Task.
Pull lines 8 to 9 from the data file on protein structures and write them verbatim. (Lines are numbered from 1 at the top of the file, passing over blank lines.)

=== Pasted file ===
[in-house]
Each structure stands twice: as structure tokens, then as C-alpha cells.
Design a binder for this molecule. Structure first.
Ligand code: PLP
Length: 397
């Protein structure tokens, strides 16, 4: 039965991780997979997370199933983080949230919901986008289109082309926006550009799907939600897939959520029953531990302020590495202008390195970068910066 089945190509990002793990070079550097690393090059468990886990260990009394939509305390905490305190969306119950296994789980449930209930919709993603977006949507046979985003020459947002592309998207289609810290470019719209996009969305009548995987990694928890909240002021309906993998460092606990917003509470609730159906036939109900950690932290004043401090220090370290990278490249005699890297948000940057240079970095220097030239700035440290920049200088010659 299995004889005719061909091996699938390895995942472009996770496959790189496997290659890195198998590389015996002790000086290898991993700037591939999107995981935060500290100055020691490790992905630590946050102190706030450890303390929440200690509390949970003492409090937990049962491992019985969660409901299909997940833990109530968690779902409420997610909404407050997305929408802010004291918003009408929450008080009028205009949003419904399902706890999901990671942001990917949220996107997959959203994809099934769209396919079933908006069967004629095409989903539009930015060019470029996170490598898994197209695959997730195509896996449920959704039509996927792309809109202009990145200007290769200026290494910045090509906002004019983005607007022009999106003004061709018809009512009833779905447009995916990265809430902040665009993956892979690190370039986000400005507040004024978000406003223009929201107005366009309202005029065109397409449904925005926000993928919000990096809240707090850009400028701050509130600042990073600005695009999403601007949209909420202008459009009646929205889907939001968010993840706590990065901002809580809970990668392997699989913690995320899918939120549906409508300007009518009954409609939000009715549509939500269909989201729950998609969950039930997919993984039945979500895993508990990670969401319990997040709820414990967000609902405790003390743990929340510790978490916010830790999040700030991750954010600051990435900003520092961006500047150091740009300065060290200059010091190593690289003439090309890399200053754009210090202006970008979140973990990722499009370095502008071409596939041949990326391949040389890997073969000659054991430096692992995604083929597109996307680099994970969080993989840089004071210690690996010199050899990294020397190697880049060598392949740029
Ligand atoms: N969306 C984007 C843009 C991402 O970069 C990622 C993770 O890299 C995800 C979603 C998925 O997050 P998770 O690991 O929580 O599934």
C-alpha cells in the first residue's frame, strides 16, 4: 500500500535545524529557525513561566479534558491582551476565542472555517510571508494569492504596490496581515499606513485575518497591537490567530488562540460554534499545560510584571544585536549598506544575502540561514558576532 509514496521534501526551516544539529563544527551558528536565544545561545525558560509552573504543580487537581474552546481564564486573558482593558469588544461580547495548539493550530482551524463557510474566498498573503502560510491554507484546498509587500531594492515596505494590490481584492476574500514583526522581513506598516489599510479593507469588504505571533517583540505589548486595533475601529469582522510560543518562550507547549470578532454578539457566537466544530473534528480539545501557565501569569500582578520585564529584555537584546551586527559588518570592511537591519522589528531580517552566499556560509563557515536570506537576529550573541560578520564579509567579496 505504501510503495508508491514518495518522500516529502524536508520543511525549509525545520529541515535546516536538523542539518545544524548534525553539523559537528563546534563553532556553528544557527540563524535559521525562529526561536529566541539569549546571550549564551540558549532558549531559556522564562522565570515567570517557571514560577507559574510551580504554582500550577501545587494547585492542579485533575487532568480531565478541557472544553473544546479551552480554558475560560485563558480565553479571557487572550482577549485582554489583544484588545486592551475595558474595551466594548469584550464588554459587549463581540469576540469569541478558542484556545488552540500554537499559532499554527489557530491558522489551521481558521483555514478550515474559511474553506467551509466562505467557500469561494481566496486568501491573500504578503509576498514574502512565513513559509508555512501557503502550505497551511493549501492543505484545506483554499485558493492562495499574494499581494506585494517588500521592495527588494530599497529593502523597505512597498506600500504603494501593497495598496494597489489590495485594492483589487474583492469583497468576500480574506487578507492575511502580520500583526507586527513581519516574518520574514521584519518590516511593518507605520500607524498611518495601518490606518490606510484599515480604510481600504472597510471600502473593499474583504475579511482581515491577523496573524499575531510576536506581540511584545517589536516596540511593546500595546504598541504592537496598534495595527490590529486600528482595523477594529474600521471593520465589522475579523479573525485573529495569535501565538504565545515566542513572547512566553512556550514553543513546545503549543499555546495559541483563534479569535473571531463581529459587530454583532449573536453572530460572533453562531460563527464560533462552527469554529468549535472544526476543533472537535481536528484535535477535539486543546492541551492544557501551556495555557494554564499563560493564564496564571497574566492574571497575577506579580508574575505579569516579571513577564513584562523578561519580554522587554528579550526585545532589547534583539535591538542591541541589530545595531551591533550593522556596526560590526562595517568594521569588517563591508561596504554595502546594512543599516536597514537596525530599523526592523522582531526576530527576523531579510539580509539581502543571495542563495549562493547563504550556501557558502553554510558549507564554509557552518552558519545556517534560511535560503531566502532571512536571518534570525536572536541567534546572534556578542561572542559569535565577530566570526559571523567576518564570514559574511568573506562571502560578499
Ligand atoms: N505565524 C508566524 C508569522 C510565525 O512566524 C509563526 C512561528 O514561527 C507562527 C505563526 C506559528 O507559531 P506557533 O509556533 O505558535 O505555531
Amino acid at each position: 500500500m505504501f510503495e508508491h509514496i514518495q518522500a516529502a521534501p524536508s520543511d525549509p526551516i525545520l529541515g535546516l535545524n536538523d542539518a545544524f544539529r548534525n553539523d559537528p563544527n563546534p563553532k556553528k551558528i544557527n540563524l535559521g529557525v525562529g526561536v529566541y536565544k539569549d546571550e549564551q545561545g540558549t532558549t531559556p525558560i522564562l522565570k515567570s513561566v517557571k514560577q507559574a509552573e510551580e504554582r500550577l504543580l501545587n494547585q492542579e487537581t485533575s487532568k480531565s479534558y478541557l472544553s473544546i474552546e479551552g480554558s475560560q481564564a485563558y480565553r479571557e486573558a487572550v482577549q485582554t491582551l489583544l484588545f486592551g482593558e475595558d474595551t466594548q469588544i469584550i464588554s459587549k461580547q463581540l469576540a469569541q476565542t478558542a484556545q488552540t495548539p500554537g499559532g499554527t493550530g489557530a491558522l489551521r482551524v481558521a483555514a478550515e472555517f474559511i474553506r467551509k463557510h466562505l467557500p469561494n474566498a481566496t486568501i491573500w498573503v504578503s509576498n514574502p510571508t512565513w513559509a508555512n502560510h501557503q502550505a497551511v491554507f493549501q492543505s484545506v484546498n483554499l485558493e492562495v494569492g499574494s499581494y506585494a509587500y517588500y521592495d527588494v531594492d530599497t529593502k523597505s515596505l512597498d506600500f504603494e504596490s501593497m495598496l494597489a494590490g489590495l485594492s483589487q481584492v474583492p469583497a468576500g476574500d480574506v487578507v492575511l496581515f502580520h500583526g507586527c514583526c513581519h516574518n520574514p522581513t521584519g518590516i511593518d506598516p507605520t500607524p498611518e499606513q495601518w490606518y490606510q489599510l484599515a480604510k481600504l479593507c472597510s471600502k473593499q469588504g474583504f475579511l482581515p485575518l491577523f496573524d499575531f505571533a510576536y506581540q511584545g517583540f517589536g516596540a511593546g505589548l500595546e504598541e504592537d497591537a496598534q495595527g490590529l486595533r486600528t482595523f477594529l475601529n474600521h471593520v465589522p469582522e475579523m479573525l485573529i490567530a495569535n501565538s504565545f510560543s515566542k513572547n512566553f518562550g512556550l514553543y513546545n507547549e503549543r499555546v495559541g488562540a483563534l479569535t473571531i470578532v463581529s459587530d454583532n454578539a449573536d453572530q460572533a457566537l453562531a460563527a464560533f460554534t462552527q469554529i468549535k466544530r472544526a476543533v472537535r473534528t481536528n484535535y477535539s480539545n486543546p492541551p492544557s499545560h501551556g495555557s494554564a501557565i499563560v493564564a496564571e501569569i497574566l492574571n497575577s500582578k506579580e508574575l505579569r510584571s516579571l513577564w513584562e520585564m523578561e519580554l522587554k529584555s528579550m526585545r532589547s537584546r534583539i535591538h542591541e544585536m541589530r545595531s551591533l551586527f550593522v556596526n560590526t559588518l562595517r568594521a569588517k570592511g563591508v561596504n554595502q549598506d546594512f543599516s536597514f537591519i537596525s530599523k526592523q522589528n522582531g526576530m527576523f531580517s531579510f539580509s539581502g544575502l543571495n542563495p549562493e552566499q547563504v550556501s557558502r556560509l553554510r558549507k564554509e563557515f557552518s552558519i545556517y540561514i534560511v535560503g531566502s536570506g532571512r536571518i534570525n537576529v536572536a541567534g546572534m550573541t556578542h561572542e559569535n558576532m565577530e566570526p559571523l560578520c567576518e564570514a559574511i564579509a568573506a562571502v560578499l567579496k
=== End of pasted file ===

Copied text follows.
C-alpha cells in the first residue's frame, strides 16, 4: 500500500535545524529557525513561566479534558491582551476565542472555517510571508494569492504596490496581515499606513485575518497591537490567530488562540460554534499545560510584571544585536549598506544575502540561514558576532 509514496521534501526551516544539529563544527551558528536565544545561545525558560509552573504543580487537581474552546481564564486573558482593558469588544461580547495548539493550530482551524463557510474566498498573503502560510491554507484546498509587500531594492515596505494590490481584492476574500514583526522581513506598516489599510479593507469588504505571533517583540505589548486595533475601529469582522510560543518562550507547549470578532454578539457566537466544530473534528480539545501557565501569569500582578520585564529584555537584546551586527559588518570592511537591519522589528531580517552566499556560509563557515536570506537576529550573541560578520564579509567579496 505504501510503495508508491514518495518522500516529502524536508520543511525549509525545520529541515535546516536538523542539518545544524548534525553539523559537528563546534563553532556553528544557527540563524535559521525562529526561536529566541539569549546571550549564551540558549532558549531559556522564562522565570515567570517557571514560577507559574510551580504554582500550577501545587494547585492542579485533575487532568480531565478541557472544553473544546479551552480554558475560560485563558480565553479571557487572550482577549485582554489583544484588545486592551475595558474595551466594548469584550464588554459587549463581540469576540469569541478558542484556545488552540500554537499559532499554527489557530491558522489551521481558521483555514478550515474559511474553506467551509466562505467557500469561494481566496486568501491573500504578503509576498514574502512565513513559509508555512501557503502550505497551511493549501492543505484545506483554499485558493492562495499574494499581494506585494517588500521592495527588494530599497529593502523597505512597498506600500504603494501593497495598496494597489489590495485594492483589487474583492469583497468576500480574506487578507492575511502580520500583526507586527513581519516574518520574514521584519518590516511593518507605520500607524498611518495601518490606518490606510484599515480604510481600504472597510471600502473593499474583504475579511482581515491577523496573524499575531510576536506581540511584545517589536516596540511593546500595546504598541504592537496598534495595527490590529486600528482595523477594529474600521471593520465589522475579523479573525485573529495569535501565538504565545515566542513572547512566553512556550514553543513546545503549543499555546495559541483563534479569535473571531463581529459587530454583532449573536453572530460572533453562531460563527464560533462552527469554529468549535472544526476543533472537535481536528484535535477535539486543546492541551492544557501551556495555557494554564499563560493564564496564571497574566492574571497575577506579580508574575505579569516579571513577564513584562523578561519580554522587554528579550526585545532589547534583539535591538542591541541589530545595531551591533550593522556596526560590526562595517568594521569588517563591508561596504554595502546594512543599516536597514537596525530599523526592523522582531526576530527576523531579510539580509539581502543571495542563495549562493547563504550556501557558502553554510558549507564554509557552518552558519545556517534560511535560503531566502532571512536571518534570525536572536541567534546572534556578542561572542559569535565577530566570526559571523567576518564570514559574511568573506562571502560578499
Ligand atoms: N505565524 C508566524 C508569522 C510565525 O512566524 C509563526 C512561528 O514561527 C507562527 C505563526 C506559528 O507559531 P506557533 O509556533 O505558535 O505555531